According to a popular study, America is a nation full of chronically overweight dieters. In 2011, Marketdata, author of the biannual "The U.S. Weight Loss & Diet Control Market" study, found that Americans continue to spend a lot of money on dieting but don't see big results.

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Marketdata found that America has 75 million dieters, each starting an average of four diets each year. The publication also found that 80% of consumers are do-it-yourselfers when it comes to losing weight, often jumping from fad to fad spending more than $61 billion on diet products each year.

If you're going to start a diet (or four) this year, how can you do it in a way that really works? Here are a few ideas. (For additional reading, check out 7 Popular Diet Plans And What They Cost.)

Reduce Your Portions
You don't always need expert advice. You already know that weight loss not only includes doing more exercise but you have to eat less too. If you're going out to eat, ask for a to-go box before you start eating your meal. Put half of your meal in the box before you start eating. This could save you $900 after one year.

Go Ahead and Buy Healthy Food
How many times have you heard that the reason more people don't eat healthy is because the food is more expensive? That's not true, according to the New York Times. The Times points out that a meal for a family of four at McDonald's will cost about $28, while a roasted chicken with salad, veggies and milk will cost around $14 and will serve four to six people. (For related reading, see Eating Healthy On A Budget.)

Your Gym Should Fit You
What is your favorite kind of exercise? Are you a gym rat or do you go when you have an unusually high amount of energy? Of course you know that losing weight requires upping your calorie burn but do you need a high priced gym to do that? For some people, the $70 per month multi-floor gym with space age technology and fitness classes fits their activity level but if you head to the gym only for a treadmill and to count the minutes until it's done, find a cheap, no frills gym. Some basic gyms are $20 per month or less. (For more, read Get The Best Deals On Gym Memberships.)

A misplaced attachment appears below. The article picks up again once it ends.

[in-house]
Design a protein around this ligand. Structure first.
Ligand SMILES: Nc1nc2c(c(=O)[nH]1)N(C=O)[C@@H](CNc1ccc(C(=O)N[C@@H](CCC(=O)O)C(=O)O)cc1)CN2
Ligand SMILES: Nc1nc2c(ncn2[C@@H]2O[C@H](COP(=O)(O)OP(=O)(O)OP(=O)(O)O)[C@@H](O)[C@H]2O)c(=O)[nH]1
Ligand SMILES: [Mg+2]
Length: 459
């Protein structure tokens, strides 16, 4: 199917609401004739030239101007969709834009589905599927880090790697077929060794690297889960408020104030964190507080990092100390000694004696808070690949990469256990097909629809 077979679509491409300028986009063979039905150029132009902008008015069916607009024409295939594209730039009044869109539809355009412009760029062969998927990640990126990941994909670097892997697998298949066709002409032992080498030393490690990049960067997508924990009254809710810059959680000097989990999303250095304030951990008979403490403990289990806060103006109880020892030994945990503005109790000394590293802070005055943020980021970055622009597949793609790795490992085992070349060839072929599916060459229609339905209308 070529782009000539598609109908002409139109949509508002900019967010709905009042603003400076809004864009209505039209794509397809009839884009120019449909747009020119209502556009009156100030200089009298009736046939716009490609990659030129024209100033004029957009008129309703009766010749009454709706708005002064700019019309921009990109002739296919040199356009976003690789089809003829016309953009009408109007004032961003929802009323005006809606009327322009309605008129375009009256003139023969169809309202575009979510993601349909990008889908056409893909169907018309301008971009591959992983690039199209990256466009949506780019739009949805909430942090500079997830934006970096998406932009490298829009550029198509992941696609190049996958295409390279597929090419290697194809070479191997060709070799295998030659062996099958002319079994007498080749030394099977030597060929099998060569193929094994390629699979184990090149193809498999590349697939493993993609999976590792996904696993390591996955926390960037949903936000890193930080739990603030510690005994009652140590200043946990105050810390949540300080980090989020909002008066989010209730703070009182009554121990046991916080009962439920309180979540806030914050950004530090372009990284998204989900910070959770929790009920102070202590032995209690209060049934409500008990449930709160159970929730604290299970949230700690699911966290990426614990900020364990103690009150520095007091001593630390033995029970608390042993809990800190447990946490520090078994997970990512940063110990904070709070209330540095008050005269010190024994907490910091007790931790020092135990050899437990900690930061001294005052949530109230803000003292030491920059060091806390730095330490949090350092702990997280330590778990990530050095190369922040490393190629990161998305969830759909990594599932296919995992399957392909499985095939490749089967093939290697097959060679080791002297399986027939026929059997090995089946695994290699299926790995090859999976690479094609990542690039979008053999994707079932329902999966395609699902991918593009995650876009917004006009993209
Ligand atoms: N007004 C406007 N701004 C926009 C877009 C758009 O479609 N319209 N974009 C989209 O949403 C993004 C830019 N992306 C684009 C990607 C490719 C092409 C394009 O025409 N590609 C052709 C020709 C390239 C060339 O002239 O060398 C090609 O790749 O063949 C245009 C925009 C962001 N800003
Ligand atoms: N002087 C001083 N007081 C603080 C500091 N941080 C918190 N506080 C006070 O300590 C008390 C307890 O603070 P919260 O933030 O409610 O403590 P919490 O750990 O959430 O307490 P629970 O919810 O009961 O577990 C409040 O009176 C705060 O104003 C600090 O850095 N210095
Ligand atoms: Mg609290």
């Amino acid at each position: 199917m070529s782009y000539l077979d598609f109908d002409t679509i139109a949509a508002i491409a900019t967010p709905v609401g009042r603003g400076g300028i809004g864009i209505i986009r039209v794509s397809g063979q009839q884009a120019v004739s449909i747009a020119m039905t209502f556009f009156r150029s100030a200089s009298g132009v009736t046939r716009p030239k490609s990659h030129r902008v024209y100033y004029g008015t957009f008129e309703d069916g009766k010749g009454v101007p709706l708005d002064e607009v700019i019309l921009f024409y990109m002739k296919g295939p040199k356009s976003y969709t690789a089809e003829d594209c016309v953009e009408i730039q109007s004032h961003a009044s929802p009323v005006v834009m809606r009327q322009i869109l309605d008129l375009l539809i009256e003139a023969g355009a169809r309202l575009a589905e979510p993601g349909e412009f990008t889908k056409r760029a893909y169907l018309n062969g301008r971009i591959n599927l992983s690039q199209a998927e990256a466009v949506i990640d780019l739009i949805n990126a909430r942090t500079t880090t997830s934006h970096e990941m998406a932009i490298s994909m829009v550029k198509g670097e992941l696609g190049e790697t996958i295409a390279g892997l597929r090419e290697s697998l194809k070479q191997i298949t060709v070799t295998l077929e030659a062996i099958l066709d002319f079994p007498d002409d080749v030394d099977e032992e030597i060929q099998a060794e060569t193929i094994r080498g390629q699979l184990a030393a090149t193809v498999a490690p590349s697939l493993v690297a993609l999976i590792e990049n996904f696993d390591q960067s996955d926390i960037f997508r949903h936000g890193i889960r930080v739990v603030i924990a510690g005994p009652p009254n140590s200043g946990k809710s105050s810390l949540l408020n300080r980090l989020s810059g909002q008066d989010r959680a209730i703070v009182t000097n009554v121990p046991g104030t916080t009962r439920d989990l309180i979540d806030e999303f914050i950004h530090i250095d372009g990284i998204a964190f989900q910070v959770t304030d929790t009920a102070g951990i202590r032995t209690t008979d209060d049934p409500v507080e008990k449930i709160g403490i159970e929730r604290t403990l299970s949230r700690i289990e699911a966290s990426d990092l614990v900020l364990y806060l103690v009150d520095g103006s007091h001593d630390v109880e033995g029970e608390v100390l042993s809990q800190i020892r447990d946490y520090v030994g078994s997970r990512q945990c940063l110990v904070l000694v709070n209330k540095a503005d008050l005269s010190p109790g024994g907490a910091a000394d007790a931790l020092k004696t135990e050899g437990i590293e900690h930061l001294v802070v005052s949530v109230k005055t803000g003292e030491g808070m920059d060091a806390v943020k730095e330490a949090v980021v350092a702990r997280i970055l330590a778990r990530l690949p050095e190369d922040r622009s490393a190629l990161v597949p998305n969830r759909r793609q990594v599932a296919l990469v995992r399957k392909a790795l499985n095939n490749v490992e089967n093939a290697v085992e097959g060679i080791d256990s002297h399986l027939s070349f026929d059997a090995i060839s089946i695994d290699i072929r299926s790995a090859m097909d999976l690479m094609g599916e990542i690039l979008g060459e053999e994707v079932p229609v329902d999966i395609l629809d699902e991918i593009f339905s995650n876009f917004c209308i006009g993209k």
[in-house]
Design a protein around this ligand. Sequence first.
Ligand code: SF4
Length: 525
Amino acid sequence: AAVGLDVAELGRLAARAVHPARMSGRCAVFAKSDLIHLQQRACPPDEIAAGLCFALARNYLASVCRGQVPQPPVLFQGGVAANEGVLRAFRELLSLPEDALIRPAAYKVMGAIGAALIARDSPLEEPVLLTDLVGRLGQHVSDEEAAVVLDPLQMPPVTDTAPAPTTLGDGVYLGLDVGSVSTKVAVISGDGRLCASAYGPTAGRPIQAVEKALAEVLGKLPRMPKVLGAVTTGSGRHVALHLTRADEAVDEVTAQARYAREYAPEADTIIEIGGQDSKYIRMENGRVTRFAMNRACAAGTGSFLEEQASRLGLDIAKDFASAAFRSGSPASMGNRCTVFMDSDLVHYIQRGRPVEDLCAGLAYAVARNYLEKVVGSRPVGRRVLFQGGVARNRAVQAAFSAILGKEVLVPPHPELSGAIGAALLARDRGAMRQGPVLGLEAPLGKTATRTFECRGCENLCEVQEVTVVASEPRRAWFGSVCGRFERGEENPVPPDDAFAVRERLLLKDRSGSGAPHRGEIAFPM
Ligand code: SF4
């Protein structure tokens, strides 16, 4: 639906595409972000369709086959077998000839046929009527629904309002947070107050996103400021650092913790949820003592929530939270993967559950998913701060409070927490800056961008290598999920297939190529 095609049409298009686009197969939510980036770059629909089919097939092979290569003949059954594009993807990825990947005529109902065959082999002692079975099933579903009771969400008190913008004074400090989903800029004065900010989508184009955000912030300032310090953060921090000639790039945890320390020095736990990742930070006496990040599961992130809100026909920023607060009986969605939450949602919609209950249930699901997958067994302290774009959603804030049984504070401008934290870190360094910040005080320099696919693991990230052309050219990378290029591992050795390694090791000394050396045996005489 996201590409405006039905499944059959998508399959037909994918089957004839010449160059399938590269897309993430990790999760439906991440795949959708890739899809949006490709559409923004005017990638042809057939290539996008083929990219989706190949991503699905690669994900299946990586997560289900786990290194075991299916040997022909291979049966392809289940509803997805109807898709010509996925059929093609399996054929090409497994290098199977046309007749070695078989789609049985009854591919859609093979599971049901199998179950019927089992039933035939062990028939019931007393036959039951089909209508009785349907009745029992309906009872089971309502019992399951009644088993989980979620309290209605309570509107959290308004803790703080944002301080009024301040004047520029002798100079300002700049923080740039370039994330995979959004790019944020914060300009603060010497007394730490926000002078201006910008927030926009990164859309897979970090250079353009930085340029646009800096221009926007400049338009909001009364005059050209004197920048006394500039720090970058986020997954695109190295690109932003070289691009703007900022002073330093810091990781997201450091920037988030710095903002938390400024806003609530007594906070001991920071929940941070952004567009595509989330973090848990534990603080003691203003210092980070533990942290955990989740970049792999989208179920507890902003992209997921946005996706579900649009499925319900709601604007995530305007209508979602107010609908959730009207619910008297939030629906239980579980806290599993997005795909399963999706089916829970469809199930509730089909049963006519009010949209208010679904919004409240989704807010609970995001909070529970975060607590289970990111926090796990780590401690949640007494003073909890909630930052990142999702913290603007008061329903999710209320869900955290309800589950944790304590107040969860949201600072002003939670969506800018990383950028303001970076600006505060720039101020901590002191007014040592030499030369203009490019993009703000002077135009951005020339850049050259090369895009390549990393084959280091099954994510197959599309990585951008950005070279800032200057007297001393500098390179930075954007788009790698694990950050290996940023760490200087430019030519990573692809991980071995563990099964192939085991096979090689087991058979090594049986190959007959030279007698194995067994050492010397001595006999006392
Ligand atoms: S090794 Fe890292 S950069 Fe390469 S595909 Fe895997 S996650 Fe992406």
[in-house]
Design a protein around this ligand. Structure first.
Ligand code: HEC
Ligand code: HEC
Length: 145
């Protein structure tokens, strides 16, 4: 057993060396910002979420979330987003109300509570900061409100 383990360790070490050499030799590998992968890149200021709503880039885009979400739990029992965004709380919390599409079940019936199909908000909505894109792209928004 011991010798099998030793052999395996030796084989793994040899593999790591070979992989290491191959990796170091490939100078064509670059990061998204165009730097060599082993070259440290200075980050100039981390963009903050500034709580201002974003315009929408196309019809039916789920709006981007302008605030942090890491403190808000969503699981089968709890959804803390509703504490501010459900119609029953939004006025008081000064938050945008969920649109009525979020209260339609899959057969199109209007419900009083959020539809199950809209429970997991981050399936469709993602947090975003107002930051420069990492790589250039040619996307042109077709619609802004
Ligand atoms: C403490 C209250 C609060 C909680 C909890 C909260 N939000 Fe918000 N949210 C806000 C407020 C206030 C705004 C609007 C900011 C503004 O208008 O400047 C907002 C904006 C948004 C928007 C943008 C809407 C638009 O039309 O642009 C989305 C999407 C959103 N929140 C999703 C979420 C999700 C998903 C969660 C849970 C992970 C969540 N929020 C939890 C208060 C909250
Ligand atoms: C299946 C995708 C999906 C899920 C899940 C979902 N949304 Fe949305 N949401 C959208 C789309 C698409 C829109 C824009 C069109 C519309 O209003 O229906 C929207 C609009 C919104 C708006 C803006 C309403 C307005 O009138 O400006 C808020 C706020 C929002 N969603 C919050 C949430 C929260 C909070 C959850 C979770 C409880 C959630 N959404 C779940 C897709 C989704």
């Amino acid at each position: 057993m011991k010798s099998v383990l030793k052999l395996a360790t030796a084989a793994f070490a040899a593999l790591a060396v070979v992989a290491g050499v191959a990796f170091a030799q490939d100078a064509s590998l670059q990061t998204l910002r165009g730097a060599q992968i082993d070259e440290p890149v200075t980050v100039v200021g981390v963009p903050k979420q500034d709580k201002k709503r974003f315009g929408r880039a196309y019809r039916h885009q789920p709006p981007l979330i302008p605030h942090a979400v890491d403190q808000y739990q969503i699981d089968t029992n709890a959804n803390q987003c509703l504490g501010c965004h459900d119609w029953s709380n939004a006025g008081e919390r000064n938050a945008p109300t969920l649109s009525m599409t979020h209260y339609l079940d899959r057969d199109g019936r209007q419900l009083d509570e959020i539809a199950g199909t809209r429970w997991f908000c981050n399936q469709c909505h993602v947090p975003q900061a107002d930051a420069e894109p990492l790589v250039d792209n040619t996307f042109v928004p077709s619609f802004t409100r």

Don't Dismiss the Trainer
Remember that cheap doesn't necessarily equal value. If you spend $50 per week on a personal trainer, that's $2,600 per year. That's a lot of money, but what if that trainer kept you going to the gym every week for a year and put you on a diet plan that didn't involve high dollar fad diets and specialty foods? If they saved you money in other areas of your dieting, wouldn't the $2,600 be money well spent?

Say No to the Fads
Nutrisystem, one of the most popular do-it-yourself weight loss programs costs $382 per month for the basic plan, which includes food. That's $95 per week or more than $4,500 per year and a year-long online membership to Weight Watchers will cost you $257. If all you need are recipes and ways to keep track of caloric intake, these are widely available online and on your smartphone for free.

The Bottom Line
If you are one of the many Americans who is a do-it-yourself dieter and have seen less than impressive results, consider using 2012 as the year to try something new. Consider replacing the high priced gym and the mail order diet plans with a simpler program like a trainer, more cooking and less fads. We don't need any more programs, we need more willpower. Maybe it's time to move away from do-it-yourself dieting in 2012.

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